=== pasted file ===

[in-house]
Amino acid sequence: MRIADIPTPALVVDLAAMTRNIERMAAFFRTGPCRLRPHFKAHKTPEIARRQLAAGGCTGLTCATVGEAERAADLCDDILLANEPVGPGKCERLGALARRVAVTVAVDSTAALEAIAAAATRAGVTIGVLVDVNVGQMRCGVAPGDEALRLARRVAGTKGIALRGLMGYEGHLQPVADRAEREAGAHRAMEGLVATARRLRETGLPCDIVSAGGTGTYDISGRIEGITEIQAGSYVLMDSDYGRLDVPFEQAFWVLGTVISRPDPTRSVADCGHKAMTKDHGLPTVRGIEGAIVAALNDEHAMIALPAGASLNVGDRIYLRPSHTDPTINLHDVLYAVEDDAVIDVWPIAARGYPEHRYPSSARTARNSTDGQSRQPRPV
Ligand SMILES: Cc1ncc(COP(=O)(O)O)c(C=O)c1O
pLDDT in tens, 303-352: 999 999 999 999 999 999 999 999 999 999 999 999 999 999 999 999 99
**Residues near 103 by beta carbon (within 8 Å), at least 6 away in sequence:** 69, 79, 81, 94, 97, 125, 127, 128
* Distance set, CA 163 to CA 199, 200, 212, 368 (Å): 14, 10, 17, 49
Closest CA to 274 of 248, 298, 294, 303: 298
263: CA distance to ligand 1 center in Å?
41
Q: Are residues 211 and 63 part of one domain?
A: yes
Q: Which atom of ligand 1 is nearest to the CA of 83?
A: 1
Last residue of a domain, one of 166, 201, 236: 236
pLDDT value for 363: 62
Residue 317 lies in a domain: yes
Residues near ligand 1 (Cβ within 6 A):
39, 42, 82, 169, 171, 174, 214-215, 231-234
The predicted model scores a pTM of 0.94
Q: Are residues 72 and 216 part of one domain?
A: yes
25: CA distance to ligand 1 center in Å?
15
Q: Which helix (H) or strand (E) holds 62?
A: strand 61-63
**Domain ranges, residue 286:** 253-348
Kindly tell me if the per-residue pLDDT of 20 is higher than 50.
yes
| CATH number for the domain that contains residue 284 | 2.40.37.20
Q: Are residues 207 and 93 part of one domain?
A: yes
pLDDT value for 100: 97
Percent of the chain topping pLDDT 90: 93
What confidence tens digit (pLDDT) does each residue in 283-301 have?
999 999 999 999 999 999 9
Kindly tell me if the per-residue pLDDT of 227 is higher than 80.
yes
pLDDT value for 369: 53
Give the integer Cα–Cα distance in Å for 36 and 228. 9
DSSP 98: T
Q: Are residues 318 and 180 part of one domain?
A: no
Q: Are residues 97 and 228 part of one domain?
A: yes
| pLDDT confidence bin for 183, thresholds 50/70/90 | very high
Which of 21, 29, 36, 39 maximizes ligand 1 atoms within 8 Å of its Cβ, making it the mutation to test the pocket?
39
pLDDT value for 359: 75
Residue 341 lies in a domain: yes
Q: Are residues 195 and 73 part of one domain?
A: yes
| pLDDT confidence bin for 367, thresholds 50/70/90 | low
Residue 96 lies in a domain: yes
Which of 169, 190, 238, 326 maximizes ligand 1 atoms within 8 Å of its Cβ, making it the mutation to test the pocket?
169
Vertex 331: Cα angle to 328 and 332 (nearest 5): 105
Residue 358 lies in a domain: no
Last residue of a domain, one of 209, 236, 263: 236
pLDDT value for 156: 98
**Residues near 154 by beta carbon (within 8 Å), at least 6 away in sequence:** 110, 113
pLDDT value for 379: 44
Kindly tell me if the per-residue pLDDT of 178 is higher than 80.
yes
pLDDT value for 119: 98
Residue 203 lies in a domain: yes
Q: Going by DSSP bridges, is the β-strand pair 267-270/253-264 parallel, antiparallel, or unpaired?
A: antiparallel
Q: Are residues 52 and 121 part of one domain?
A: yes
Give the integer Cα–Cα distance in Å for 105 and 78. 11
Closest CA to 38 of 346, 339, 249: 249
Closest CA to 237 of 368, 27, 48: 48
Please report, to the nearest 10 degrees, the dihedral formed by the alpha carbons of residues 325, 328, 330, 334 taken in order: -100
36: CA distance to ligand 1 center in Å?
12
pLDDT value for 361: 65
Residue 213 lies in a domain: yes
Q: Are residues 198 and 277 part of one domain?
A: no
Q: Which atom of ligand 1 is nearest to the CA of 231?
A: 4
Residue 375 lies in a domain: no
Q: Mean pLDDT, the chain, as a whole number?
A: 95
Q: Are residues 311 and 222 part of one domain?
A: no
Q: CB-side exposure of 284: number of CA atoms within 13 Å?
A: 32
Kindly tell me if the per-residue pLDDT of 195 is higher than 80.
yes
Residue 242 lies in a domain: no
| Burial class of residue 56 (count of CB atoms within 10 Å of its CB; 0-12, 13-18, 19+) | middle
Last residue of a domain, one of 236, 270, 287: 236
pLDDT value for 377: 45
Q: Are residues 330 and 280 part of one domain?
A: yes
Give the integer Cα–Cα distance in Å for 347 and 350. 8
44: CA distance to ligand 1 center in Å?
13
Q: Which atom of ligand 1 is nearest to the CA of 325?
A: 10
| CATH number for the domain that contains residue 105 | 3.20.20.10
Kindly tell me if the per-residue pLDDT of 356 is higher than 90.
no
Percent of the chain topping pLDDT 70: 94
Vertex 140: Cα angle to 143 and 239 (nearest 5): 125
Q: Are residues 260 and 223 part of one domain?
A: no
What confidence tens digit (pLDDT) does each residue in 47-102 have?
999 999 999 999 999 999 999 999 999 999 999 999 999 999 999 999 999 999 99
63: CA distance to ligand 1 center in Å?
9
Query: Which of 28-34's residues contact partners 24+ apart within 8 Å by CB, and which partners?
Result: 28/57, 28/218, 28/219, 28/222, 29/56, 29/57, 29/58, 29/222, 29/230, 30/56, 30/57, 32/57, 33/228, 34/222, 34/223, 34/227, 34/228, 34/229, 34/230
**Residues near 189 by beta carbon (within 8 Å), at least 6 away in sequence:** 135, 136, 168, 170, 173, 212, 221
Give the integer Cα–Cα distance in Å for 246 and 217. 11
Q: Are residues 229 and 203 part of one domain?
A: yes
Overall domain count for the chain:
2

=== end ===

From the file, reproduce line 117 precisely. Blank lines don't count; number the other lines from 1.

Q: Are residues 229 and 203 part of one domain?